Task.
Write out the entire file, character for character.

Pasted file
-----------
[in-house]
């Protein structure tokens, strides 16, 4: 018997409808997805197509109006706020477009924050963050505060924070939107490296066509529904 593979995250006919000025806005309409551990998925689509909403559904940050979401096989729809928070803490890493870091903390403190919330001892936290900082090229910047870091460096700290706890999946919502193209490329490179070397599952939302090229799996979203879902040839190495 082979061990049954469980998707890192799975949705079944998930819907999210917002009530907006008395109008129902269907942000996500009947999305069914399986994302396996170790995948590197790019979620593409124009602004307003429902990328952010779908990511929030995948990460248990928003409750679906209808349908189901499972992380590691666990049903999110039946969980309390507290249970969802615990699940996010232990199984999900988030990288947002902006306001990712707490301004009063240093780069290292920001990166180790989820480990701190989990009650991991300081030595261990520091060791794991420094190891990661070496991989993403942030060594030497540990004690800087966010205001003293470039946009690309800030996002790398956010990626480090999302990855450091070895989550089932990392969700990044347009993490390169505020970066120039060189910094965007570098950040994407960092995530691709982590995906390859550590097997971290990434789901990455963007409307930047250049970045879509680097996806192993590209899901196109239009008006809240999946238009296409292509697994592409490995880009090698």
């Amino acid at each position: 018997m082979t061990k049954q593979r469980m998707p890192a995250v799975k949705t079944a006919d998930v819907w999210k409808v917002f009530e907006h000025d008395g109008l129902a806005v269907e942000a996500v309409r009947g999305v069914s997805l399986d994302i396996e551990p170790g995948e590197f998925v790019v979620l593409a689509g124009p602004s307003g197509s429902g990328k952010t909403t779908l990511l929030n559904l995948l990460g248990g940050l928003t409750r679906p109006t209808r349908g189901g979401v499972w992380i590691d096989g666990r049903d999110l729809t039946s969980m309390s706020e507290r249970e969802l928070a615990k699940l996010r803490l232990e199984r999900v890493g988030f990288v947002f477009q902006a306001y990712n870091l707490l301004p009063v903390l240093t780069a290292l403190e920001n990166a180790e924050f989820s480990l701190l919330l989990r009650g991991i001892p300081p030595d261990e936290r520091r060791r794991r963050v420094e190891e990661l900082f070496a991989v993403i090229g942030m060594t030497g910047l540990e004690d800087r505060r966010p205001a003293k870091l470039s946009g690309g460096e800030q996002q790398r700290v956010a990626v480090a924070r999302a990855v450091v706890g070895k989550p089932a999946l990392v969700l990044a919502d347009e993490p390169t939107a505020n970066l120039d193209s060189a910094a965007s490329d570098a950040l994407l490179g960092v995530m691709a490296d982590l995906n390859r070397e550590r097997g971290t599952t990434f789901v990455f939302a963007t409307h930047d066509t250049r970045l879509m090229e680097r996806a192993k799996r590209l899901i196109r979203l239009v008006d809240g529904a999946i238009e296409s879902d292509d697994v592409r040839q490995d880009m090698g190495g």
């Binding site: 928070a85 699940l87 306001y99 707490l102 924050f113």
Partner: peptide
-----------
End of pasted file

[in-house]
């Protein structure tokens, strides 16, 4: 018997409808997805197509109006706020477009924050963050505060924070939107490296066509529904 593979995250006919000025806005309409551990998925689509909403559904940050979401096989729809928070803490890493870091903390403190919330001892936290900082090229910047870091460096700290706890999946919502193209490329490179070397599952939302090229799996979203879902040839190495 082979061990049954469980998707890192799975949705079944998930819907999210917002009530907006008395109008129902269907942000996500009947999305069914399986994302396996170790995948590197790019979620593409124009602004307003429902990328952010779908990511929030995948990460248990928003409750679906209808349908189901499972992380590691666990049903999110039946969980309390507290249970969802615990699940996010232990199984999900988030990288947002902006306001990712707490301004009063240093780069290292920001990166180790989820480990701190989990009650991991300081030595261990520091060791794991420094190891990661070496991989993403942030060594030497540990004690800087966010205001003293470039946009690309800030996002790398956010990626480090999302990855450091070895989550089932990392969700990044347009993490390169505020970066120039060189910094965007570098950040994407960092995530691709982590995906390859550590097997971290990434789901990455963007409307930047250049970045879509680097996806192993590209899901196109239009008006809240999946238009296409292509697994592409490995880009090698």
């Amino acid at each position: 018997m082979t061990k049954q593979r469980m998707p890192a995250v799975k949705t079944a006919d998930v819907w999210k409808v917002f009530e907006h000025d008395g109008l129902a806005v269907e942000a996500v309409r009947g999305v069914s997805l399986d994302i396996e551990p170790g995948e590197f998925v790019v979620l593409a689509g124009p602004s307003g197509s429902g990328k952010t909403t779908l990511l929030n559904l995948l990460g248990g940050l928003t409750r679906p109006t209808r349908g189901g979401v499972w992380i590691d096989g666990r049903d999110l729809t039946s969980m309390s706020e507290r249970e969802l928070a615990k699940l996010r803490l232990e199984r999900v890493g988030f990288v947002f477009q902006a306001y990712n870091l707490l301004p009063v903390l240093t780069a290292l403190e920001n990166a180790e924050f989820s480990l701190l919330l989990r009650g991991i001892p300081p030595d261990e936290r520091r060791r794991r963050v420094e190891e990661l900082f070496a991989v993403i090229g942030m060594t030497g910047l540990e004690d800087r505060r966010p205001a003293k870091l470039s946009g690309g460096e800030q996002q790398r700290v956010a990626v480090a924070r999302a990855v450091v706890g070895k989550p089932a999946l990392v969700l990044a919502d347009e993490p390169t939107a505020n970066l120039d193209s060189a910094a965007s490329d570098a950040l994407l490179g960092v995530m691709a490296d982590l995906n390859r070397e550590r097997g971290t599952t990434f789901v990455f939302a963007t409307h930047d066509t250049r970045l879509m090229e680097r996806a192993k799996r590209l899901i196109r979203l239009v008006d809240g529904a999946i238009e296409s879902d292509d697994v592409r040839q490995d880009m090698g190495g």
């Binding site: 928070a85 699940l87 306001y99 707490l102 924050f113």
Partner: peptide